This is where the NRA should have put in its two cents. For decades, the gun rights group has been arguing that firearms-related crime can be prevented by enforcing laws against firearms-related crime. Don’t infringe on Americans’ gun rights. Lock up violent criminals. It’s a message that doesn’t see the light of day nearly often enough. Which should be all the time. But isn’t because the NRA prefers radio silence to arguing with antis.
Professor Dreier certainly provides enough grist for the gun rights mill. I won’t bore you with his litany of misleading statistics, half-truths and out-and-out anti-gun agitprop that follows his initial anti-NRA salvo. Suffice it to say, the academic eventually resorts to a simple rhetorical flourish: because I said so.
In 2012, there were 32,288 deaths from firearm violence in the United States, including 11,622 homicides (32 a day) and 20,666 suicides. Firearms were used in 69.6 percent of all homicides that year. Of course, many more people are injured — some seriously and permanently — by gun violence.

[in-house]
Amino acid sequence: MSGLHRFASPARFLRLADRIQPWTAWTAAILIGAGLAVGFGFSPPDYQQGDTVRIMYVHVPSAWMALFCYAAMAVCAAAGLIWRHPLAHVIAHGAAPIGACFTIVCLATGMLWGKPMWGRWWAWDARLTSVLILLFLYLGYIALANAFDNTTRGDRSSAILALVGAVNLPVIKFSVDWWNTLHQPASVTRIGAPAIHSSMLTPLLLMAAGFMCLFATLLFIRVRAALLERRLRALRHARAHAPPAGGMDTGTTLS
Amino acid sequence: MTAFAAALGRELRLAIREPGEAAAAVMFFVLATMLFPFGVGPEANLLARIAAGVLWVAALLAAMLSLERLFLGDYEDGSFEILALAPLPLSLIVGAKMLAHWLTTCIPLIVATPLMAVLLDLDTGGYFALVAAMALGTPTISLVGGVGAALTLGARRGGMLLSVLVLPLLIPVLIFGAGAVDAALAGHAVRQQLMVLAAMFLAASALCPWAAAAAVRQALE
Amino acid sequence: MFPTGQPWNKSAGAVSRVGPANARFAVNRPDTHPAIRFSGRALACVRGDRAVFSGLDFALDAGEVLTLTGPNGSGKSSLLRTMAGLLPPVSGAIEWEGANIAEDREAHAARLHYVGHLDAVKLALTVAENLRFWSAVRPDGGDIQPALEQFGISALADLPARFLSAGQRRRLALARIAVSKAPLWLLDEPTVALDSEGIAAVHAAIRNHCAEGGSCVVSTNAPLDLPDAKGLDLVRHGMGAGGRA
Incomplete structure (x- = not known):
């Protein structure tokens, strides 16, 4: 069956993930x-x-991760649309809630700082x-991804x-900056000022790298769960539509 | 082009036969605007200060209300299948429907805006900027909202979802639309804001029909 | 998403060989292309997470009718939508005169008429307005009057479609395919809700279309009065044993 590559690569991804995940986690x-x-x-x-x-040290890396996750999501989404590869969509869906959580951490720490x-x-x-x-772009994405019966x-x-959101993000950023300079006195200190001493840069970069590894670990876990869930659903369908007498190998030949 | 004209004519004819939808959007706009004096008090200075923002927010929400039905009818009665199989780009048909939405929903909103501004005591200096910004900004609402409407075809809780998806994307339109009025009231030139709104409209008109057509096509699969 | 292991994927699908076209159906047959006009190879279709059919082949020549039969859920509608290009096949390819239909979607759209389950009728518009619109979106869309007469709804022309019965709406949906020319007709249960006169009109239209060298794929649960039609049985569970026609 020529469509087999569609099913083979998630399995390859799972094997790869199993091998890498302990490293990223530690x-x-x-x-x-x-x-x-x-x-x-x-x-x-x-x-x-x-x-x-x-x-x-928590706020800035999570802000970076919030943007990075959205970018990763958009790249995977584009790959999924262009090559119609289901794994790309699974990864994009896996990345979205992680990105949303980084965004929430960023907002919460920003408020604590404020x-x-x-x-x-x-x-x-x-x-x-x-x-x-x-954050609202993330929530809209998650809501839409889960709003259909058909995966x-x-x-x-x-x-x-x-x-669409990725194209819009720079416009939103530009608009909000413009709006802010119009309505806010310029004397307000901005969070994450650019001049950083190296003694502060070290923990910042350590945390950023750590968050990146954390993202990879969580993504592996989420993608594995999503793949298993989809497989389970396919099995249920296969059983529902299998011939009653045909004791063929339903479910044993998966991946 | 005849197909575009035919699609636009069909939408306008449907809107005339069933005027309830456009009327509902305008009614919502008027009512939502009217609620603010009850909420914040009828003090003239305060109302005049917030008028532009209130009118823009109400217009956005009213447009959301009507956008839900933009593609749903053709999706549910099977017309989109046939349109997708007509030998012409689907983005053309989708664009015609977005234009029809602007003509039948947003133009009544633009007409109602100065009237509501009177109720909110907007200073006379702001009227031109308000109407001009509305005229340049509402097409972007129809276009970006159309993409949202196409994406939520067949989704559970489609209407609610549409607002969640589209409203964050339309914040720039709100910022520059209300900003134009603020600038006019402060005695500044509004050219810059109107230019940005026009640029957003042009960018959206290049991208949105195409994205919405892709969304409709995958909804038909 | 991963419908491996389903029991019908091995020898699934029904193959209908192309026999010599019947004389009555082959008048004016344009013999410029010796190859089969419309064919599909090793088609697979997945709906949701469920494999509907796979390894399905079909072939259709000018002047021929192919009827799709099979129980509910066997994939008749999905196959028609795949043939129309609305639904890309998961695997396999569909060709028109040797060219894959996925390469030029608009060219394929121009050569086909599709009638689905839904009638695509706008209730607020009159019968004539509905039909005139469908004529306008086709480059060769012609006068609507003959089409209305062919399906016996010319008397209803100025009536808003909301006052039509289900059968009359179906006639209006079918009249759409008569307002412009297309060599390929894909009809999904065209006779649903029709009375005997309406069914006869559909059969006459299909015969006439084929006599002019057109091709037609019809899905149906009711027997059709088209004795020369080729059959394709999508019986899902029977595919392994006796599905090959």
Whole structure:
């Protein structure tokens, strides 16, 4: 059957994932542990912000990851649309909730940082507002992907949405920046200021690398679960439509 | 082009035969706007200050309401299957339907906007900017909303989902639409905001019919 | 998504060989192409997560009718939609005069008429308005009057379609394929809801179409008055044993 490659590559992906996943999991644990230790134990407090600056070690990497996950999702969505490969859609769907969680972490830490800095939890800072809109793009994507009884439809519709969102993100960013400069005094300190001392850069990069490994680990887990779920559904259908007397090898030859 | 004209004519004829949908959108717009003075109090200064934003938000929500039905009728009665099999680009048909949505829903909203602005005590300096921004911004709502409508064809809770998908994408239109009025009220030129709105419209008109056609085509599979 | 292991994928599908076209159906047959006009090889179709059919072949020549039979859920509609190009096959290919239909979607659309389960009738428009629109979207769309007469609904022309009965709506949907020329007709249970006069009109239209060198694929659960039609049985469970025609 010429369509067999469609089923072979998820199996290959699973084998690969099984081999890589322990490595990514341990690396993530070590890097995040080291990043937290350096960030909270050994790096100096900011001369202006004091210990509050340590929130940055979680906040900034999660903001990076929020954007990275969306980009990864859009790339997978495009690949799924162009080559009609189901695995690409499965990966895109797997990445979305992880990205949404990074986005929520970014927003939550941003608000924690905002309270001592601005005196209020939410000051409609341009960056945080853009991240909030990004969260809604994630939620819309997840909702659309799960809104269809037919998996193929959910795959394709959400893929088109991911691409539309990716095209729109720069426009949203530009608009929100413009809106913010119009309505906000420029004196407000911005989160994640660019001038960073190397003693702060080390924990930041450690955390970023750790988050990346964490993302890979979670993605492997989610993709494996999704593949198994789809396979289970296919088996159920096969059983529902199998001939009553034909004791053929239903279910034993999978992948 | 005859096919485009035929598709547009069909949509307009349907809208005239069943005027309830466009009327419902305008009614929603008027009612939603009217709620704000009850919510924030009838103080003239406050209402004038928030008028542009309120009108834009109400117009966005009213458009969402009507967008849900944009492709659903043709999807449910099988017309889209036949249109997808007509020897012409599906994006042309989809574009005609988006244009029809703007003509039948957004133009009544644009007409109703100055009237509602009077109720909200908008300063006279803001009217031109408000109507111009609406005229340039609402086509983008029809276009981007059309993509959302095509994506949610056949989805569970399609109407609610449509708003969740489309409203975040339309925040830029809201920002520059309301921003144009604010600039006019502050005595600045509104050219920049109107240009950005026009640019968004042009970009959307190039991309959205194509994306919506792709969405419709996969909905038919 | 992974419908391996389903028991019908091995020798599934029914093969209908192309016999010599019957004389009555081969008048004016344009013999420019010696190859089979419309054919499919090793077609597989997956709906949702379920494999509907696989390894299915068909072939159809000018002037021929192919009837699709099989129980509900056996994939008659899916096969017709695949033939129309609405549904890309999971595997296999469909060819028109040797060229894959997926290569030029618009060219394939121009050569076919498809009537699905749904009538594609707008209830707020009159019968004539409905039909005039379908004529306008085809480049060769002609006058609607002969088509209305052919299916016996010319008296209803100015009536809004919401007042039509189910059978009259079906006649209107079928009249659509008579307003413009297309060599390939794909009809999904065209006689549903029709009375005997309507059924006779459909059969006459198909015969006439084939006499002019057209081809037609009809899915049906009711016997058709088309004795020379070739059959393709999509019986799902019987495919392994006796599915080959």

The NRA has two knee-jerk responses to this. The first is that the Second Amendment gives all Americans the right to possess guns of all kinds — not just hunting rifles but machine guns and semi-automatics. Efforts to restrict gun sales and ownership is, according to the NRA, an assault on our constitutional freedoms.
The second is the cliché that “guns don’t kill people, people kill people.” To the NRA, gun laws have nothing to do with the epidemic of gun-related killings.
Both of these arguments are bogus, but the NRA has the money and membership (4 million) to translate these idiot ideas into political clout to thwart even reasonable gun-control laws.
Dreier’s dietribe [sic] ends as it began: with unbridled animus.
Every American grieves for the families and friends of the two police officers killed in New York City on December 20. But until we tame the power of the NRA, we can expect more killings like this, a part of the deadly daily diet of murders throughout America committed by angry gun-toting people whose “freedom” to own weapons of mass destruction that the NRA defends.
The NRA doesn’t defend the right of men like Ismaayl Brinsley to walk the streets, never mind keep and bear arms. Nor does it defend the right of anyone who seeks mass destruction to keep and bear arms, no matter what their mental state (which somehow morphed from “deranged” to “angry”). And it’s time they said so, each and every time American gun rights are challenged. As Martin Luther King Jr. said, our lives begin to end the day we become silent about things that matter.